Northumbrian Rock Art - Lillian Lancaster - When Did The Great War End?
Northumbrian Rock Art
Think of pre-historic art and it’s probably the cave drawings in the Ardeche region of France; maybe Lascaux in the Dordogne or Altimira in Spain come to mind. But did you know that here in Britain we have our own, extremely important, examples of what are known as ‘cup and ring’ marks? These are concentric rings around one large, cup shaped, indentation picked out of the rock and it was Making History listener Bill Jures from Newhaven in East Sussex that stumbled across them. He was researching his family history in Northumbria and came across the ‘cup and ring’ marks of Fowberry Mains to the east of Wooler. His question to Making History was, simply “what are they?” Making History approached Britain’s leading experts on the so-called rock-art of Northumbria: Dr Aron Mazel of the University of Newcastle and Stan Beckensall, a former teacher who has devoted forty years of his life to this subject.
According to Stan Beckensall, the rock art of Northumbria is from the Neolithic and Early Bronze Age and unlike the impressive cave art found in France, Spain and South Africa, is entirely abstract.
Can you help tell us more about a young Victorian cartographer who also had a career on the stage? Peter Barber, the Head of Map Collections at the British Library in London, contacted Making History with a plea for help. Five years ago he bought a collection of political, cartoon maps that had been drawn by someone called Lillian Lancaster. Remarkably, Lillian’s first work was published in 1869 when she was only 14 in a book called “Geographical Fun”, published by Hodder and Stoughton and written by William Harvey (who went under the name of Aleph). This was essentially an Atlas, designed in such a way as to encourage youngsters to study and remember maps of the world. Lillian’s caricatures include: England in the form of Queen Victoria; Scotland as a gallant Piper struggling through the bogs; Wales in the form of Owen Glendowr; and Russia as a bear. According to Peter Barber, a newspaper cutting describes Lillian as a music-hall artist whose act included sitting on stage and drawing the audience. We also know that her married name was Tennant and for a time she lived in Marine Parade, Brighton. The last record we have for her is in 1912 when she signed her work for someone.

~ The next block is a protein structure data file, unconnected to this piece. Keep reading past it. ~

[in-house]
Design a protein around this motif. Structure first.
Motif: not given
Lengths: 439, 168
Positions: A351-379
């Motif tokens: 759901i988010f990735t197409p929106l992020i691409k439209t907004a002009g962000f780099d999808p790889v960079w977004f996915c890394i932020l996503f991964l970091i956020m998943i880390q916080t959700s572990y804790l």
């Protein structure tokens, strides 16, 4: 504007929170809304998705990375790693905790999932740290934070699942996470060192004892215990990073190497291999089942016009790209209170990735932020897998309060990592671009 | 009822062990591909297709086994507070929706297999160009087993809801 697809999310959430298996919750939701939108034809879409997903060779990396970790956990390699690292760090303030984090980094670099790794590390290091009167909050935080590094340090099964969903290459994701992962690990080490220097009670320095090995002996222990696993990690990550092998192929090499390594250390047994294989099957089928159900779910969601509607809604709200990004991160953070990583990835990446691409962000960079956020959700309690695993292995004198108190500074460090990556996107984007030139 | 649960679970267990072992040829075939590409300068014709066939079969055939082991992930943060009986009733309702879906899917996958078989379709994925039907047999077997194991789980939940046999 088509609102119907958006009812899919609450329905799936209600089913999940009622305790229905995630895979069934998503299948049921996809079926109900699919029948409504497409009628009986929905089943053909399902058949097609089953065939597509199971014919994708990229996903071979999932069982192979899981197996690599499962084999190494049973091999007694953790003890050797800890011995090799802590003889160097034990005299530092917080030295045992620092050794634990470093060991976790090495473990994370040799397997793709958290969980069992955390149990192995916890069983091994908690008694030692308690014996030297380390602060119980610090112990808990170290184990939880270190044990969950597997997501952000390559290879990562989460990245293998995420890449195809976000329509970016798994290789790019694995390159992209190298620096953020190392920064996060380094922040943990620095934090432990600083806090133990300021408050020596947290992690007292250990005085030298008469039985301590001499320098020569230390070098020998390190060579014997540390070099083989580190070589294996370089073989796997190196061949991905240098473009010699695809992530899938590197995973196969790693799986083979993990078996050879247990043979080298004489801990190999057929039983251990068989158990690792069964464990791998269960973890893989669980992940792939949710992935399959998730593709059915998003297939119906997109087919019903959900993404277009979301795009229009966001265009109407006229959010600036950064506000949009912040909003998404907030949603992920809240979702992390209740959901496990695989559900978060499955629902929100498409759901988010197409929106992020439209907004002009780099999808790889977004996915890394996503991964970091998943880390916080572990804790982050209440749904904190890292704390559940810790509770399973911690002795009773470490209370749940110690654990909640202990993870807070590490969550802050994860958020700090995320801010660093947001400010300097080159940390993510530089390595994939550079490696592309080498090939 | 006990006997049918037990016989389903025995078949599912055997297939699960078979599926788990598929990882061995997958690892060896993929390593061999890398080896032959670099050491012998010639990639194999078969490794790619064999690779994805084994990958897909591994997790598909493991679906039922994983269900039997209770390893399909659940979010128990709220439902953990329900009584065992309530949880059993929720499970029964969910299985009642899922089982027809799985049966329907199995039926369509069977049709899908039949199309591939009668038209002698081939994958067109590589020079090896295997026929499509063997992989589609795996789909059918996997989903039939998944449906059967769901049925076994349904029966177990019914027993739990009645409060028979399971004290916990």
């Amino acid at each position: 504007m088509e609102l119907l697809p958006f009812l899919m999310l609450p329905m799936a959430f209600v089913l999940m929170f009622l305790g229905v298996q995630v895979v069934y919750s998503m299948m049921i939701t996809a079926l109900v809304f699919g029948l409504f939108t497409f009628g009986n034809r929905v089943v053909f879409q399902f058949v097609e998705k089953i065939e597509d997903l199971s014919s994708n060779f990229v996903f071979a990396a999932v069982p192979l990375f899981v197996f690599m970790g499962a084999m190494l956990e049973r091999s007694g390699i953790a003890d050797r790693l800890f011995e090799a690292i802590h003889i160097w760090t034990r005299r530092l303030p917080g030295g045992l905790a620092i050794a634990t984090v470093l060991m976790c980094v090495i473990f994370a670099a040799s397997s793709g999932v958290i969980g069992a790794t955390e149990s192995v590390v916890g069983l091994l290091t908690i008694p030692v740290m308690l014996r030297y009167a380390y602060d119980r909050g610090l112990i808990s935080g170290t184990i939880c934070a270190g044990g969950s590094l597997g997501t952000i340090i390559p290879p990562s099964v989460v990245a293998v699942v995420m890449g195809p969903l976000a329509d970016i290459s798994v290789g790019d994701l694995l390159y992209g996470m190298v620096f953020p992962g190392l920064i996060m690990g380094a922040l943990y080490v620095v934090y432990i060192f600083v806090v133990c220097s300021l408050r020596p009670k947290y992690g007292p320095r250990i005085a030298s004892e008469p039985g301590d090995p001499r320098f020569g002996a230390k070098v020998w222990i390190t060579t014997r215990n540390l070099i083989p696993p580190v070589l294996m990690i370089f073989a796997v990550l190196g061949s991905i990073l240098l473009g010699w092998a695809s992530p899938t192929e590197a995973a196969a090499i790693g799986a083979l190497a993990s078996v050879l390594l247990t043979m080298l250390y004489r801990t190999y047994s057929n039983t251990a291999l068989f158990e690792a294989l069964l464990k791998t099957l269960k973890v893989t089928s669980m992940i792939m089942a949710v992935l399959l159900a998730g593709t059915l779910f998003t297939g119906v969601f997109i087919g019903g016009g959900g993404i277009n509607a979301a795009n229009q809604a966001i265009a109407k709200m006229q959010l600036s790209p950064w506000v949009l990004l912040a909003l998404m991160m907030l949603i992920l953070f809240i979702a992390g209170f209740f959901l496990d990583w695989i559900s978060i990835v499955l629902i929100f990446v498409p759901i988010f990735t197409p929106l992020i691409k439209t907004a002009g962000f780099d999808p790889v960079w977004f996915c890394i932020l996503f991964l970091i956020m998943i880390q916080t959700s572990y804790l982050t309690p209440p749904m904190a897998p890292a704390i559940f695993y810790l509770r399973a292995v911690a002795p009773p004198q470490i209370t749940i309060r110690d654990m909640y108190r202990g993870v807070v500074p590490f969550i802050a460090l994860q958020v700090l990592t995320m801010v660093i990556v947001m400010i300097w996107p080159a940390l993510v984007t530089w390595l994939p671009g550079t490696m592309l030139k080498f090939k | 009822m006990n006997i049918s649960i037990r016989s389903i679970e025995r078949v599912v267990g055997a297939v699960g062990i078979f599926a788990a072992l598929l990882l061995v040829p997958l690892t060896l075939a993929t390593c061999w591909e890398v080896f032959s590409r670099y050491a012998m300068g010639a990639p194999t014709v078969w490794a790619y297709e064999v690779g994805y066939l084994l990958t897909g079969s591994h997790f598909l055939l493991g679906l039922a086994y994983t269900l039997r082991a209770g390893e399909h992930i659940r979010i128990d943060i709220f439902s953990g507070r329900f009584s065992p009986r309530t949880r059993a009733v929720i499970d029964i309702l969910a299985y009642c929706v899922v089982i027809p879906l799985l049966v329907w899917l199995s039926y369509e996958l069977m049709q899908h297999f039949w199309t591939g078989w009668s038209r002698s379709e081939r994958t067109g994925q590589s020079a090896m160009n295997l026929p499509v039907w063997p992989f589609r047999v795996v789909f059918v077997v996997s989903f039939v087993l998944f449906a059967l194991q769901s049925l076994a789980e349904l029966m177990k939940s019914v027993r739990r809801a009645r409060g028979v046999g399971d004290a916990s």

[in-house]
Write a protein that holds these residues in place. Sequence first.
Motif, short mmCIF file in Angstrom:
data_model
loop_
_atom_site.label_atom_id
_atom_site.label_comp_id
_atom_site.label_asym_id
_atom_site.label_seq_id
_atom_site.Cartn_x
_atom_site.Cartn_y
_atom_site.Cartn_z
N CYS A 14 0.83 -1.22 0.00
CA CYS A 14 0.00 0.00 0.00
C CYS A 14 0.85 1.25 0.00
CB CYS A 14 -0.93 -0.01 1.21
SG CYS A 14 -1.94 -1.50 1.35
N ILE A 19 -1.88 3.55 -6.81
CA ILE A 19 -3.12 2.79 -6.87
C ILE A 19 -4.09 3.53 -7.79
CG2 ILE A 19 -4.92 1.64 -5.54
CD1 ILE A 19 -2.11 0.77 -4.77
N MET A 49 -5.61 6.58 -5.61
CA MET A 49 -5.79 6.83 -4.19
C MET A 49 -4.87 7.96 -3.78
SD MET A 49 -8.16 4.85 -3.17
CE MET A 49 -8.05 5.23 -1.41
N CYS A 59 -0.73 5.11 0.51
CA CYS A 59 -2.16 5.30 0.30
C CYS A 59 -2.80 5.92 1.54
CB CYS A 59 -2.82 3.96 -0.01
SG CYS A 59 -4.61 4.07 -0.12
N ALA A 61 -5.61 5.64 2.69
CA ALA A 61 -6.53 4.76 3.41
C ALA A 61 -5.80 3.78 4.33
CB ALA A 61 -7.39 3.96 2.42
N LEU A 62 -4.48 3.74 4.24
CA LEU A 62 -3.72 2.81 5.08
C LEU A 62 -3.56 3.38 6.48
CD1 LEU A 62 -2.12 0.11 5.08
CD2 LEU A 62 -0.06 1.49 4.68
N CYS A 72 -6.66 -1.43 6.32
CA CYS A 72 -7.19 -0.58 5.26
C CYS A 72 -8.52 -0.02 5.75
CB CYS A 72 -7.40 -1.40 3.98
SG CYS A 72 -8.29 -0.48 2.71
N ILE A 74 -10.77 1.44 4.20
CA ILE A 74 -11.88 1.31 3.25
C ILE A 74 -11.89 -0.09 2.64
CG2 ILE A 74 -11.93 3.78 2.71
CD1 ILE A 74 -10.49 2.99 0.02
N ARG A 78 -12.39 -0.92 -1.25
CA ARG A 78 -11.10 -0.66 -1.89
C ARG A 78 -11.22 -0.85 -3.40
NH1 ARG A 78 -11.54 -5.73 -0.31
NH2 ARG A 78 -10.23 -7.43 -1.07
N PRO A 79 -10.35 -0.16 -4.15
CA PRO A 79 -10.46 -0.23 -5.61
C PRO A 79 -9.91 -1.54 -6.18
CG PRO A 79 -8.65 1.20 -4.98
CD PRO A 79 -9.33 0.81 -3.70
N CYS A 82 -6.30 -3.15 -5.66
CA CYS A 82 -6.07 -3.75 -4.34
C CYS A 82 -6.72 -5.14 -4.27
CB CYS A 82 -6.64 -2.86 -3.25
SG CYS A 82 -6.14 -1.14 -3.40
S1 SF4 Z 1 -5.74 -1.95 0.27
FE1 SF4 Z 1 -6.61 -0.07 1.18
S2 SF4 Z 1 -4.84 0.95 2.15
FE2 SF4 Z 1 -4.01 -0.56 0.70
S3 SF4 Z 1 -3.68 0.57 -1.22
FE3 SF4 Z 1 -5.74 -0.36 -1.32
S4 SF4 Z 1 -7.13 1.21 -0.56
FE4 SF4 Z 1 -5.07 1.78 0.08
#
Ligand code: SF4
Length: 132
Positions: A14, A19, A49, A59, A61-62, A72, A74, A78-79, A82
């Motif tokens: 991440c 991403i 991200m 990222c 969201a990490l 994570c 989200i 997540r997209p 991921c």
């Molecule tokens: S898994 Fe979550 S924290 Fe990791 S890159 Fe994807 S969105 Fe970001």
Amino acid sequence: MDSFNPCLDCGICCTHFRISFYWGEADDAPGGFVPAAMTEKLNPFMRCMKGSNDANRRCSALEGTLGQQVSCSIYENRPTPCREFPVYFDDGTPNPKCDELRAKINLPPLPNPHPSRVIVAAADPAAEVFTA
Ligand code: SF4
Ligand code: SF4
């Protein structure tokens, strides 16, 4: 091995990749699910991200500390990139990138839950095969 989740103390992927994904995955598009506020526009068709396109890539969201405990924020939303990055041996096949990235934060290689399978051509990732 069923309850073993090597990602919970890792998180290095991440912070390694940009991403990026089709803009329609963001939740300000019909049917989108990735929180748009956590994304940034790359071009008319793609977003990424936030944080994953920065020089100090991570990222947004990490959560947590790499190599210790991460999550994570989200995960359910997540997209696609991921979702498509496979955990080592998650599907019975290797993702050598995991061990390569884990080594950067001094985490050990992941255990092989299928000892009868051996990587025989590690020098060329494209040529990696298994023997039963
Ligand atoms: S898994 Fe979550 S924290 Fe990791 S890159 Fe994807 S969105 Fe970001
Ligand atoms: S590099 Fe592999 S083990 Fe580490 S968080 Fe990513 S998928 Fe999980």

When Did The Great War End?
Tony Green from Ipswich in Suffolk has spent the last few years cycling around the county taking photographs. These are mainly focussed on his passion for beer, but another interest has grown on him through his travels: First World War Memorials. Tony contacted Making History with a question that has puzzled him, “why do some memorials mark the 1914-1918 war and others 1914 – 1919?”
Vanessa Collingridge travelled to Risby in Suffolk (where the memorial marks the 1914-19 war) to meet up with the former County Archivist, Gwyn Thomas, who is an expert on war memorials in Suffolk.
Gwyn Thomas told us that there was no formally agreed plan to the erection of War Memorials. Each community would be honouring their fallen and whereas we think of the 1914-1918 war, their perspective could well have been different. He pointed out that the 11th of November 1918 was the Armistice, the war didn’t formally end until the Treaty of Versailles was signed in June 1919. Some communities may well have had inhabitants who died of their wounds after November 1918 and the 1919 date was more definite.
Gwyn was the Suffolk co-ordinator for the UK National Inventory of War Memorials which was a project run by the Imperial War Museum. Using its website, you can search the database for all war memorials commemorating all wars throughout the UK.